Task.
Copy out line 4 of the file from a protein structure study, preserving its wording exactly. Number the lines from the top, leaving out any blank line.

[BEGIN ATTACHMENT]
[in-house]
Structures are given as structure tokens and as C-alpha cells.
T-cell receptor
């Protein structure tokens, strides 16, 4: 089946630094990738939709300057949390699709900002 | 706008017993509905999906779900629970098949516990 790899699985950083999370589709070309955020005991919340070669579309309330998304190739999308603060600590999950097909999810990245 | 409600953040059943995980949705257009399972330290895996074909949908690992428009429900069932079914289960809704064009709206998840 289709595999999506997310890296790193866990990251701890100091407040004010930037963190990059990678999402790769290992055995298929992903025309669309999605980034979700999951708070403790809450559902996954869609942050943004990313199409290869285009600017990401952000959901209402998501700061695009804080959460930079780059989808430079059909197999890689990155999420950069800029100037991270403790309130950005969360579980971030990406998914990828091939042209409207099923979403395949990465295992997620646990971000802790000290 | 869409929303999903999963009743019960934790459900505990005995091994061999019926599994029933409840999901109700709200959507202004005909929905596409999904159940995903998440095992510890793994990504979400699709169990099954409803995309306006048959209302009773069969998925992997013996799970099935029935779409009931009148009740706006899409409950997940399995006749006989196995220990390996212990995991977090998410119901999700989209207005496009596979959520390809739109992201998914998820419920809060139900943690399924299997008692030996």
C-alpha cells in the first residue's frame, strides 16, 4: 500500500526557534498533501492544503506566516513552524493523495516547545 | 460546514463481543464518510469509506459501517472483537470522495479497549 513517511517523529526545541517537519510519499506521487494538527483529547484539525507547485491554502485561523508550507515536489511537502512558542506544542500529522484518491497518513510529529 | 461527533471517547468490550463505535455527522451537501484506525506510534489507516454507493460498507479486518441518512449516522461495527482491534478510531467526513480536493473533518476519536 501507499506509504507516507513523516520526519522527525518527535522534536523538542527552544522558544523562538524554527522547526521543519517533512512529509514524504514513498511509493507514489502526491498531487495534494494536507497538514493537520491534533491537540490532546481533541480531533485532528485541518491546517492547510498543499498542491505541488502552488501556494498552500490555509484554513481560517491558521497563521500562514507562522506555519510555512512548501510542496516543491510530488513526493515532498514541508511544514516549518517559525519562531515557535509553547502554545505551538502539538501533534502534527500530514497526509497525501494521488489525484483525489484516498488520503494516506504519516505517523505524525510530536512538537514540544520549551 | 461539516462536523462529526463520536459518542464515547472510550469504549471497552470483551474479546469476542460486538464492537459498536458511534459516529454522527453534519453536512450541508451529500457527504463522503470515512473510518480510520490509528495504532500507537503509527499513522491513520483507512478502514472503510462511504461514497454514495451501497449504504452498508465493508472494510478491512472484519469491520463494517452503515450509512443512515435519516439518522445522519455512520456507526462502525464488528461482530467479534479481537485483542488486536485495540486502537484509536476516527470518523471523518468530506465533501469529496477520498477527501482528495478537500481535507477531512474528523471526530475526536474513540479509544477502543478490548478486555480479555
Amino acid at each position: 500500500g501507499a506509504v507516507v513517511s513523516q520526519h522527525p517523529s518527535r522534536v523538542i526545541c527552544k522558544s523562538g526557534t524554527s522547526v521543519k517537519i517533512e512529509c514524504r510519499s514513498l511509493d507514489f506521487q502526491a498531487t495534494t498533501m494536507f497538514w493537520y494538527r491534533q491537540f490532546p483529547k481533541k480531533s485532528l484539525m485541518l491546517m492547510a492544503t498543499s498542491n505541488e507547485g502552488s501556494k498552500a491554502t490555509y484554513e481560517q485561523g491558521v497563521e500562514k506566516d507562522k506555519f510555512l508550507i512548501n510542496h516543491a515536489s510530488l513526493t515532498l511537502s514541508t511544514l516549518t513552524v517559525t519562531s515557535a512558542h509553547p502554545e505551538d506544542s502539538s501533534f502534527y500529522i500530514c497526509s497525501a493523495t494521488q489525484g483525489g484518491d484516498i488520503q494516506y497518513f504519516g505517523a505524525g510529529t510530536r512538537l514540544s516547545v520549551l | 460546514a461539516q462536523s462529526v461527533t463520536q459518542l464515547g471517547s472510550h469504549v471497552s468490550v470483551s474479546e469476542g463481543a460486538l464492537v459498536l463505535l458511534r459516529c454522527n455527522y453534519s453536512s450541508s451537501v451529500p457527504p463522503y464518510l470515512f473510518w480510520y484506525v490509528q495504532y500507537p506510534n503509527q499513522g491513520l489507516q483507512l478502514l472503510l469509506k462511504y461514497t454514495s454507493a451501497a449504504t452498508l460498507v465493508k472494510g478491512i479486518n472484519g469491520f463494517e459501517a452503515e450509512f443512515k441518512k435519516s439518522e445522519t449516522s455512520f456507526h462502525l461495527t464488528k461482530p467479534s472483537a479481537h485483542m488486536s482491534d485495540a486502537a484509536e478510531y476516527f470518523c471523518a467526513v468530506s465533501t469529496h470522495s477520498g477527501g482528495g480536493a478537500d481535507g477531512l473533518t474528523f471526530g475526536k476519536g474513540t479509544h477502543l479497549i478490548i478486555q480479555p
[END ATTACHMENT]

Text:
């Protein structure tokens, strides 16, 4: 089946630094990738939709300057949390699709900002 | 706008017993509905999906779900629970098949516990 790899699985950083999370589709070309955020005991919340070669579309309330998304190739999308603060600590999950097909999810990245 | 409600953040059943995980949705257009399972330290895996074909949908690992428009429900069932079914289960809704064009709206998840 289709595999999506997310890296790193866990990251701890100091407040004010930037963190990059990678999402790769290992055995298929992903025309669309999605980034979700999951708070403790809450559902996954869609942050943004990313199409290869285009600017990401952000959901209402998501700061695009804080959460930079780059989808430079059909197999890689990155999420950069800029100037991270403790309130950005969360579980971030990406998914990828091939042209409207099923979403395949990465295992997620646990971000802790000290 | 869409929303999903999963009743019960934790459900505990005995091994061999019926599994029933409840999901109700709200959507202004005909929905596409999904159940995903998440095992510890793994990504979400699709169990099954409803995309306006048959209302009773069969998925992997013996799970099935029935779409009931009148009740706006899409409950997940399995006749006989196995220990390996212990995991977090998410119901999700989209207005496009596979959520390809739109992201998914998820419920809060139900943690399924299997008692030996």